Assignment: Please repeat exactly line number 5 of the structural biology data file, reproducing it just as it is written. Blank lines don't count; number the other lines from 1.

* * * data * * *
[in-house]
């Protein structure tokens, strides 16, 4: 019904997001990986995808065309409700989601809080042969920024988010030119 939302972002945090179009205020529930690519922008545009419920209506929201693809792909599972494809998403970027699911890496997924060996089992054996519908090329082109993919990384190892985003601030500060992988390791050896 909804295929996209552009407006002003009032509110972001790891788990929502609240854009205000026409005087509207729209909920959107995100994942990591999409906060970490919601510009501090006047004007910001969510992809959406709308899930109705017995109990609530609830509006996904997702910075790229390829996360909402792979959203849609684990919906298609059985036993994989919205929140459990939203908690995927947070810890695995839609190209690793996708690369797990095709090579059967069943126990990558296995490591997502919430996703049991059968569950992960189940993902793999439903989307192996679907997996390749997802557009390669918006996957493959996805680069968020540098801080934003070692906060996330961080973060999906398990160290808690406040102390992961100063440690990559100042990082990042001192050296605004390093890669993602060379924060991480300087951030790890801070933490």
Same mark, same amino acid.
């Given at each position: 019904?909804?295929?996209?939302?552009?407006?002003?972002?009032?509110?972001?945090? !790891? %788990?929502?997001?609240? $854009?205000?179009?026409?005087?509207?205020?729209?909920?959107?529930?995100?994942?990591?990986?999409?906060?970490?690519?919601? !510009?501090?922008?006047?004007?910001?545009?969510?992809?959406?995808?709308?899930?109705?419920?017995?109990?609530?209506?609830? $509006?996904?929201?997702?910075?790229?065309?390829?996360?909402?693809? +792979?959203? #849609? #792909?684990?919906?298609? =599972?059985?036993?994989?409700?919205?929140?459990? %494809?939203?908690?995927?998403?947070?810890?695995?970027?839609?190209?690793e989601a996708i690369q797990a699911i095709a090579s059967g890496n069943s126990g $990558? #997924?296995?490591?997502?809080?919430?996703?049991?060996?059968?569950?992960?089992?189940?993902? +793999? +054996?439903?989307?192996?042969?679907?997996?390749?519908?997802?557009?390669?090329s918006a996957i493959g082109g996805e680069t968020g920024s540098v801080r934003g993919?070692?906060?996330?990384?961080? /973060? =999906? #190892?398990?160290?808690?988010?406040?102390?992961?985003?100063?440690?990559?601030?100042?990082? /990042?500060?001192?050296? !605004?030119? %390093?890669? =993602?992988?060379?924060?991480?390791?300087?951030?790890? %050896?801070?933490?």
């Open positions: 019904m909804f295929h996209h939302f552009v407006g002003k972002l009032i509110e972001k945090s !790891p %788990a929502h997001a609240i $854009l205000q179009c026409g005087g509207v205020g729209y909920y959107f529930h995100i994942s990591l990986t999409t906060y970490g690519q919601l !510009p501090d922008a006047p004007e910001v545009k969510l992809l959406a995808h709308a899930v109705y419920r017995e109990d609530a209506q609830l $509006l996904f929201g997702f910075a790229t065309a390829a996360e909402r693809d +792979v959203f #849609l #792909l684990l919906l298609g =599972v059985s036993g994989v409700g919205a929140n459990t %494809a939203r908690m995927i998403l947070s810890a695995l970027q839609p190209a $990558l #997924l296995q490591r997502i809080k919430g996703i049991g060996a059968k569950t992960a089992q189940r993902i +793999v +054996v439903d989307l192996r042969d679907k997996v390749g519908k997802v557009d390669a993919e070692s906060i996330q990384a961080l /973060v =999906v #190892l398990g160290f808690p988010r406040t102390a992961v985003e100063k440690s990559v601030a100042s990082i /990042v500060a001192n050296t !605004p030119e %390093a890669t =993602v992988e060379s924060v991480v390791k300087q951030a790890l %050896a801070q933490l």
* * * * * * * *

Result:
């Open positions: 019904m909804f295929h996209h939302f552009v407006g002003k972002l009032i509110e972001k945090s !790891p %788990a929502h997001a609240i $854009l205000q179009c026409g005087g509207v205020g729209y909920y959107f529930h995100i994942s990591l990986t999409t906060y970490g690519q919601l !510009p501090d922008a006047p004007e910001v545009k969510l992809l959406a995808h709308a899930v109705y419920r017995e109990d609530a209506q609830l $509006l996904f929201g997702f910075a790229t065309a390829a996360e909402r693809d +792979v959203f #849609l #792909l684990l919906l298609g =599972v059985s036993g994989v409700g919205a929140n459990t %494809a939203r908690m995927i998403l947070s810890a695995l970027q839609p190209a $990558l #997924l296995q490591r997502i809080k919430g996703i049991g060996a059968k569950t992960a089992q189940r993902i +793999v +054996v439903d989307l192996r042969d679907k997996v390749g519908k997802v557009d390669a993919e070692s906060i996330q990384a961080l /973060v =999906v #190892l398990g160290f808690p988010r406040t102390a992961v985003e100063k440690s990559v601030a100042s990082i /990042v500060a001192n050296t !605004p030119e %390093a890669t =993602v992988e060379s924060v991480v390791k300087q951030a790890l %050896a801070q933490l």